From the Bookshelf: Banning Books Silences Stories


Banning Books Silences Stories

By Debbie Saunders



Bossard Memorial Library provides library materials for the education, recreation, entertainment, and enrichment of the public. The Library’s collection includes materials in a variety of formats that represent topics of current interest, as well of those of enduring value.

Building and maintaining a Library collection evolves as the needs of the community evolve. The Board of Trustees, administration, and staff of the Library are committed to upholding the tenants of intellectual freedom: (1) that free and open access to information is necessary for citizens who think and make choices for themselves; (2) that by providing access to a wide variety of facts, opinions, and ideas, the Library helps to create a well-informed and enlightened populace. Librarians have a professional responsibility to be inclusive, not exclusive, in selecting materials for the collection of the public library.

According to the American Library Association, the ALA Office for Intellectual Freedom records hundreds of attempts by individuals and groups to have books removed from library shelves and from classrooms. Readers may be surprised to learn that some of their most beloved titles are considered “banned books”. To raise awareness of this issue, the Banned Books Coalition has designated September 23-29, 2018 as Banned Books Week, the annual celebration of the freedom to read, with the 2018 theme being “Banning Books Silences Stories.” Banned Books Week launched in 1982 in response to a sudden surge in book challenges. Where do these challenges take place today? As noted by the American Library Association, 56 percent of challenges take place at the public library, while 25 percent take place at school (curriculum and classrooms).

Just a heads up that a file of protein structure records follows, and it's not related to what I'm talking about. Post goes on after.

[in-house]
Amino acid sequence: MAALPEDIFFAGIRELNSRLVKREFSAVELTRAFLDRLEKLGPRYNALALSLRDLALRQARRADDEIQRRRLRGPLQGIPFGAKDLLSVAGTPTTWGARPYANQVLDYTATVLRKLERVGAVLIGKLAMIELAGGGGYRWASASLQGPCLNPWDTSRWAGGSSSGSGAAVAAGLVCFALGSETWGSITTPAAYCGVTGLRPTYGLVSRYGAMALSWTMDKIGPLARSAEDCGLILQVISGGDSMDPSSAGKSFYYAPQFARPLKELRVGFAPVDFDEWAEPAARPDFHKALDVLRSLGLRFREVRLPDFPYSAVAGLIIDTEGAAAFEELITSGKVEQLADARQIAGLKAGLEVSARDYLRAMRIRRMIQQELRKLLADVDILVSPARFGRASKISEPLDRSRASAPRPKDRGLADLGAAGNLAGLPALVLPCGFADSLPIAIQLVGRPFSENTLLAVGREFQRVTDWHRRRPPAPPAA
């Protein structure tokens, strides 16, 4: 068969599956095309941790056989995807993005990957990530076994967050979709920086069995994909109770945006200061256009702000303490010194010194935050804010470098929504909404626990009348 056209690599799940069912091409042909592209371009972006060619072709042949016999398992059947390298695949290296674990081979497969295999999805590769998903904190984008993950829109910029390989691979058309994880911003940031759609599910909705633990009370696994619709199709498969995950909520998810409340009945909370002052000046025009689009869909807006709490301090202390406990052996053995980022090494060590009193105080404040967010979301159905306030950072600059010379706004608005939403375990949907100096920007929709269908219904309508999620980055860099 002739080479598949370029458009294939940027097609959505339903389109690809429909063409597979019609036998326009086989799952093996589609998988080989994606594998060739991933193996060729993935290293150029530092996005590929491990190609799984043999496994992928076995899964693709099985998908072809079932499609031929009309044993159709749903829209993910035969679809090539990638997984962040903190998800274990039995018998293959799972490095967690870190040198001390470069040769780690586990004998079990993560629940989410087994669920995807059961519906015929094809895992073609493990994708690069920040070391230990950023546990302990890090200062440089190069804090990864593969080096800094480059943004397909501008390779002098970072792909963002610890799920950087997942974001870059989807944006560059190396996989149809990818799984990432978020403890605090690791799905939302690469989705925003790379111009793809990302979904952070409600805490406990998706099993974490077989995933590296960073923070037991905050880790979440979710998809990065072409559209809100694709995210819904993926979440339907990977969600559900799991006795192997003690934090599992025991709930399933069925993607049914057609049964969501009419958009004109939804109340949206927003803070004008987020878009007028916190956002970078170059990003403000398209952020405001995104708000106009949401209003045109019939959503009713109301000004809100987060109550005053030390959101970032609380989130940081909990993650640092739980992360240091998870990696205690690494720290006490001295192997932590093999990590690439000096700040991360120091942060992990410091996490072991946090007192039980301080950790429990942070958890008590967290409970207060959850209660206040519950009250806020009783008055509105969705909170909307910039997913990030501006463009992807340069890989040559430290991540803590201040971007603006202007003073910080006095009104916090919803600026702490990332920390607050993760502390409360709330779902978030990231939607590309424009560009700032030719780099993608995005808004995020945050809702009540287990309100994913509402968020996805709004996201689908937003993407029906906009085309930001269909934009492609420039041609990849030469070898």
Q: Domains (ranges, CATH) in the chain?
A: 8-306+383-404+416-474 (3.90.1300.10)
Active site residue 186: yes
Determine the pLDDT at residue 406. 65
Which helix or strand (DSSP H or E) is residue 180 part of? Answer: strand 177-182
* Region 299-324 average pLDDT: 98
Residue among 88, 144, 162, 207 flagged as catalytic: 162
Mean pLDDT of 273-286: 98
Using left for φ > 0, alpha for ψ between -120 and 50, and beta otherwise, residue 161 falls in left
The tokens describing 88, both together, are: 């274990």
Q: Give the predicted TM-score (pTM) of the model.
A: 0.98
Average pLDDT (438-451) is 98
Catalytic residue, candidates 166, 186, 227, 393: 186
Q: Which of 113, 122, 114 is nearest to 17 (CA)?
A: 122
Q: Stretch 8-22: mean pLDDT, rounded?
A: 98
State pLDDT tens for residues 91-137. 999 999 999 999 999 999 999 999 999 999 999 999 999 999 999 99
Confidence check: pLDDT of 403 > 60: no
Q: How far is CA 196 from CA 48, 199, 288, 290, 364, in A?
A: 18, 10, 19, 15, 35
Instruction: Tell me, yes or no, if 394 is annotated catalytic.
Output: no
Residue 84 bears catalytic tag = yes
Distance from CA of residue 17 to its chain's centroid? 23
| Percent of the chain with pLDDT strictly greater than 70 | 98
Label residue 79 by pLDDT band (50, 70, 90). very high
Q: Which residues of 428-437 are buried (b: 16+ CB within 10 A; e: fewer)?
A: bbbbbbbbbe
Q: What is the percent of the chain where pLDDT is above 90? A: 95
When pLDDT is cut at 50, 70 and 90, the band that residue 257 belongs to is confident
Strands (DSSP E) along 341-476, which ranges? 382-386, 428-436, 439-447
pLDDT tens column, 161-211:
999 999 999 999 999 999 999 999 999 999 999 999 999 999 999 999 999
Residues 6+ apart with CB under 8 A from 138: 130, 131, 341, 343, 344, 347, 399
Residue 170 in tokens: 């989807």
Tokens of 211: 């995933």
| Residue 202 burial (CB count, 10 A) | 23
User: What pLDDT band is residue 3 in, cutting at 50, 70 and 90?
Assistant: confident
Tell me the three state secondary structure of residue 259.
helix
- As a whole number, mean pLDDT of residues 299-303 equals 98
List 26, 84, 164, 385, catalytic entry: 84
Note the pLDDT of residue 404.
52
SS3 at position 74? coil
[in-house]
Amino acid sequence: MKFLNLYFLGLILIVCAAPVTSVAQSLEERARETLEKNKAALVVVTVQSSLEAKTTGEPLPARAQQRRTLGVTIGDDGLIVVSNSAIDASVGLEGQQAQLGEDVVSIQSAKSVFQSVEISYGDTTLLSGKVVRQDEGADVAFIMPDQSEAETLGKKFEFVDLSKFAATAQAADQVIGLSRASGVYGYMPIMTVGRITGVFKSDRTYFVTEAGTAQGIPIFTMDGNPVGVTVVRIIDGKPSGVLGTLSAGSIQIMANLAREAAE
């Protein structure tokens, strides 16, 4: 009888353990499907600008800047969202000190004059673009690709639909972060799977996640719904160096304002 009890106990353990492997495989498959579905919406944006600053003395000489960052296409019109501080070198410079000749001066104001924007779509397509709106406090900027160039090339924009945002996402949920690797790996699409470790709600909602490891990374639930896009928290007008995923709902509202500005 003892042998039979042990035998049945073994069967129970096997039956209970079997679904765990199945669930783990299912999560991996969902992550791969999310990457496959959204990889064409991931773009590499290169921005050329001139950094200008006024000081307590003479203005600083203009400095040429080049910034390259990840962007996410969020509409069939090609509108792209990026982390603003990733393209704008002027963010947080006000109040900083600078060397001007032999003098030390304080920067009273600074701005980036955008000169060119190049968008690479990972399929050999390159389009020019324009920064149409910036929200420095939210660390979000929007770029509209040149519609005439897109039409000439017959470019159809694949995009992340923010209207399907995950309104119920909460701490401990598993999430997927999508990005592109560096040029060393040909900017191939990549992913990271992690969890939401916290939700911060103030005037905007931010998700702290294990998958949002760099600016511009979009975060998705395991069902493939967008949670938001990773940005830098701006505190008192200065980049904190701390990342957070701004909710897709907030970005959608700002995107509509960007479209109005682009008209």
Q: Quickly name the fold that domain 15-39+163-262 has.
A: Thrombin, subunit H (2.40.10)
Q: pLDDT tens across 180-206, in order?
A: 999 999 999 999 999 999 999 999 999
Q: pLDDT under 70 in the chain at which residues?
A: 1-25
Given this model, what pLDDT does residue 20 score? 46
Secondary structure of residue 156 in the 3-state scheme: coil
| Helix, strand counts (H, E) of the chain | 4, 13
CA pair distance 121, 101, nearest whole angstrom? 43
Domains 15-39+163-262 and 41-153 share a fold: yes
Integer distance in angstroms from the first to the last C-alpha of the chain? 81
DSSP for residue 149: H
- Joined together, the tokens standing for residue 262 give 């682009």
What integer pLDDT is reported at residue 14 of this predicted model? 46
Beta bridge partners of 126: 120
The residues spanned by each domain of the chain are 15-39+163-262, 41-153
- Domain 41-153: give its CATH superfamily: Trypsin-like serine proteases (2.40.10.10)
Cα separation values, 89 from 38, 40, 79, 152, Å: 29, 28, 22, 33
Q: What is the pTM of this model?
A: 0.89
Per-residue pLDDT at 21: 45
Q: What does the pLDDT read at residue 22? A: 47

Classics such as The Great Gatsby, The Catcher in the Rye, and The Color Purple have all been named to the Banned Books List. Works such as the Harry Potter series, Captain Underpants series, The Holy Bible, Anne Frank: The Diary of a Young Girl, and even Merriam-Webster’s Collegiate Dictionary have also been included on the list of most challenged books. The top ten most challenged books in 2017 included the classic To Kill a Mockingbird by Harper Lee, as well as titles such as Thirteen Reasons Why, The Absolutely True Diary of a Part-Time Indian, and The Kite Runner, among others.

The American Library Association has defined intellectual freedom as the right of every individual to both seek and receive information from all points of view without restriction. It provides for free access to all expressions of ideas through which any and all sides of a question, cause, or movement may be explored.

To commemorate Banned Books Week, Bossard Library will have a special display to educate library patrons about the importance of intellectual freedom. Select banned book titles will be included in this display and will be available for checkout. You may be wondering if your favorite titles have ever made the most challenged books list. For more information, readers may visit the American Library Association’s website at ala.org, where readers can view the top banned books by decade or specific year.

It has been said that “a truly great library contains something in it to offend everyone” (librarian Jo Godwin). I encourage you to visit the Library today to peruse the diversity in the collection as the Library fulfills a key aspect of its mission to provide materials for all ages, of many levels of interest and ability, and of differing views and opinions.

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Banning Books Silences Stories

By Debbie Saunders

Debbie Saunders is the director of Gallia’s Bossard Memorial Library

Debbie Saunders is the director of Gallia’s Bossard Memorial Library